U.S. Blacklists More Chinese Tech Companies Over National Security Concerns

WASHINGTON — The Trump administration added five Chinese entities to a United States blacklist on Friday, further restricting China’s access to American technology and stoking already high tensions as President Trump and President Xi Jinping of China prepare to meet in Japan next week.

The Commerce Department announced that it would add four Chinese companies and one Chinese institute to an “entity list,” saying they posed risks to American national security or foreign policy interests. The move essentially bars the entities, which include one of China’s leading supercomputer makers, Sugon, and a number of its subsidiaries set up to design microchips, from buying American technology and components without a waiver from the United States government.

The move could all but cripple these Chinese businesses, which rely on American chips and other technology to manufacture advanced electronics. Those added to the entity list also include Higon, Chengdu Haiguang Integrated Circuit, Chengdu Haiguang Microelectronics Technology, and Wuxi Jiangnan Institute of Computing Technology, which lead China’s development of high performance computing, some of which is used in military applications like simulating nuclear explosions, the Commerce Department said.

It follows similar efforts to ban other Chinese tech companies from accessing American technology, including telecom equipment giant Huawei, which was added to the blacklist in May. The administration is also considering adding Hikvision, a surveillance-technology company, to the list, The New York Times has reported.

The addition of Chinese companies to the entity list could complicate the countries’ efforts to reach a trade deal. The move comes just as American and Chinese officials have restarted trade talks after they collapsed in May and as Mr. Trump and Mr. Xi prepare to meet next week at the Group of 20 meeting in Osaka, Japan.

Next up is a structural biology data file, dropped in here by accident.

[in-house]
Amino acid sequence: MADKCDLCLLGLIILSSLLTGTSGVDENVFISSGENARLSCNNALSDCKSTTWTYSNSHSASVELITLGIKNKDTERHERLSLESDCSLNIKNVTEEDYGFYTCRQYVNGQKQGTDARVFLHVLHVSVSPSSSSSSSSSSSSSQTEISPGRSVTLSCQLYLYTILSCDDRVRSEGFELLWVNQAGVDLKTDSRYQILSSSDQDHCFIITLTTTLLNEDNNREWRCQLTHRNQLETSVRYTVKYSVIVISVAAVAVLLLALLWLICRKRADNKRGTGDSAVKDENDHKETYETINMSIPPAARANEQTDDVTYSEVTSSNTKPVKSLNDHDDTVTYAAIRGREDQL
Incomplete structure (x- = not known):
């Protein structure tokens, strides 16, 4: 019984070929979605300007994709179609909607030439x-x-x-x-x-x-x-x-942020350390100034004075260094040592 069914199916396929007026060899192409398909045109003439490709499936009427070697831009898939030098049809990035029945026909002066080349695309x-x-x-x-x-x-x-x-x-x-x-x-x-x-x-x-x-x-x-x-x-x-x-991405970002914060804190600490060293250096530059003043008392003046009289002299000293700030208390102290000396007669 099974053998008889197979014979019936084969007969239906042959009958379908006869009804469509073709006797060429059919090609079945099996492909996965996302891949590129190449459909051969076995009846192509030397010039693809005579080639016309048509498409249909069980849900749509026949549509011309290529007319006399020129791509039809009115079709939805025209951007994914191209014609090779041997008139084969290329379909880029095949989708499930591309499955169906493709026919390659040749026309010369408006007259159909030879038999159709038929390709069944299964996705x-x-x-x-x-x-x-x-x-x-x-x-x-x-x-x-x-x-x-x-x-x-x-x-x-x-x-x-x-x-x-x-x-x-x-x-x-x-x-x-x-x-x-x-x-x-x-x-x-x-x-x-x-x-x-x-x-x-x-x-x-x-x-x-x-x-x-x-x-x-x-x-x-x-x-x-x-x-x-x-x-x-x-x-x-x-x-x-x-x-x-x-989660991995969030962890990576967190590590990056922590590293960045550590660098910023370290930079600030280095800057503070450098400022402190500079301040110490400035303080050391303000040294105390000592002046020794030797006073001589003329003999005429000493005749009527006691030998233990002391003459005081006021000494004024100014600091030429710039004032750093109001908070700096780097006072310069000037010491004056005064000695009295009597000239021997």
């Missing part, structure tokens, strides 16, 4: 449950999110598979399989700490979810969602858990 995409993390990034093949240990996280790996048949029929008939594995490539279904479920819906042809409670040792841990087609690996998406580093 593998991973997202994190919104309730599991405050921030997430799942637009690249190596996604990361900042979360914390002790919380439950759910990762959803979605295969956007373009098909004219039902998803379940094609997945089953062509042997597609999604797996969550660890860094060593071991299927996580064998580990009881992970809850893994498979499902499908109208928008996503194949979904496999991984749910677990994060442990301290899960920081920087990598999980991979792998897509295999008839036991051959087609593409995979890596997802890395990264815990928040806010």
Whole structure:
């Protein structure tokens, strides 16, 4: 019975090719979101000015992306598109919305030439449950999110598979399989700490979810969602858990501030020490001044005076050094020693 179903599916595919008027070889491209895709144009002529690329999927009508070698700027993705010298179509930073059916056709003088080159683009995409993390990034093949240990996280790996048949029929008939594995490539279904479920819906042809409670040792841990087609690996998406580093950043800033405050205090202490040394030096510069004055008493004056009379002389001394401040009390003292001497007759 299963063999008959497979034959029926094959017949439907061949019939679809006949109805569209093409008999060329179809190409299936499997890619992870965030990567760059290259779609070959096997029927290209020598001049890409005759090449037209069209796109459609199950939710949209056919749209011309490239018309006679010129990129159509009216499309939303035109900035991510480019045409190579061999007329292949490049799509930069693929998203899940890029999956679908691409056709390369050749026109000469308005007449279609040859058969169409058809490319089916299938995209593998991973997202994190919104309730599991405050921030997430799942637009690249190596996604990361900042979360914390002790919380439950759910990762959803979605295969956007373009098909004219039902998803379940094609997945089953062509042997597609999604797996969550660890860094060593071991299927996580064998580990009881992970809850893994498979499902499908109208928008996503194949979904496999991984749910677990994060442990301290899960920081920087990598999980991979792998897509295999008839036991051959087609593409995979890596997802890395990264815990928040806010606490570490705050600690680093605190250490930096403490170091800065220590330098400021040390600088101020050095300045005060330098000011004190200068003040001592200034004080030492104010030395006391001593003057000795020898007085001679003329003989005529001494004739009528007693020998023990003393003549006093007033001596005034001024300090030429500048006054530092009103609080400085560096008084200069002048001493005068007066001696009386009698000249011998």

The Trump administration has already imposed tariffs on $250 billion worth of goods from China and is moving forward with plans to add tariffs to an additional $300 billion of Chinese products unless China agrees to a trade deal.

But a fast resolution is looking increasingly unlikely. Both sides have stepped up their language on remaining tough in further trade talks and the Chinese government has said it is putting together its own “unreliable entities list” of foreign companies and people, an apparent first step toward retaliating against the United States for denying vital American technology to Chinese companies.

Sugon is one of China’s most important makers of high-performance computers and servers, with 10 out of the top 20 fastest supercomputers in China, according to China’s TOP100 rankings in 2018. The immensely powerful machines serve entities including China’s government and power weather prediction capabilities and its largest technology companies.

Most are also studded with American technology — in most cases the computers rely on a mix of microchips from Intel and Nvidia. By placing the company on the list, the Trump administration would effectively cut it off from the tiny brains it needs to make the billions of calculations required to model weather patterns and support video apps and online shopping.

Also on the list was a Sugon subsidiary that had formed a partnership with the American chip maker Advanced Micro Devices to create microchips that could satisfy security demands for Chinese government customers. Some Chinese officials said the chips could be used in a new generation of faster supercomputers. By relying on chips made by AMD and Intel, Sugon’s supercomputers are able to run a wider array of software than some of the country’s faster computers built around domestically produced chips.

With just over $1 billion in revenue last year, Sugon is tiny compared to Huawei, which was placed on the entity list last month. Still, its exclusion from American technology will represent an especially bitter pill for Beijing to swallow, as its supercomputers form the core of some of the Chinese government’s most sensitive and important systems.

Sugon supercomputers support State Grid, the monopoly that runs China’s electric grid; China Mobile, the country’s largest telecom services provider; and the China Meteorological Administration, which runs weather prediction. It also makes data centers for companies like e-commerce giant JD.com and Bytedance, the owner of social media app TikTok.

The companies could still obtain a license to purchase American technology. But their presence on the list suggests that they would receive intense scrutiny, and such an approval might be unlikely.

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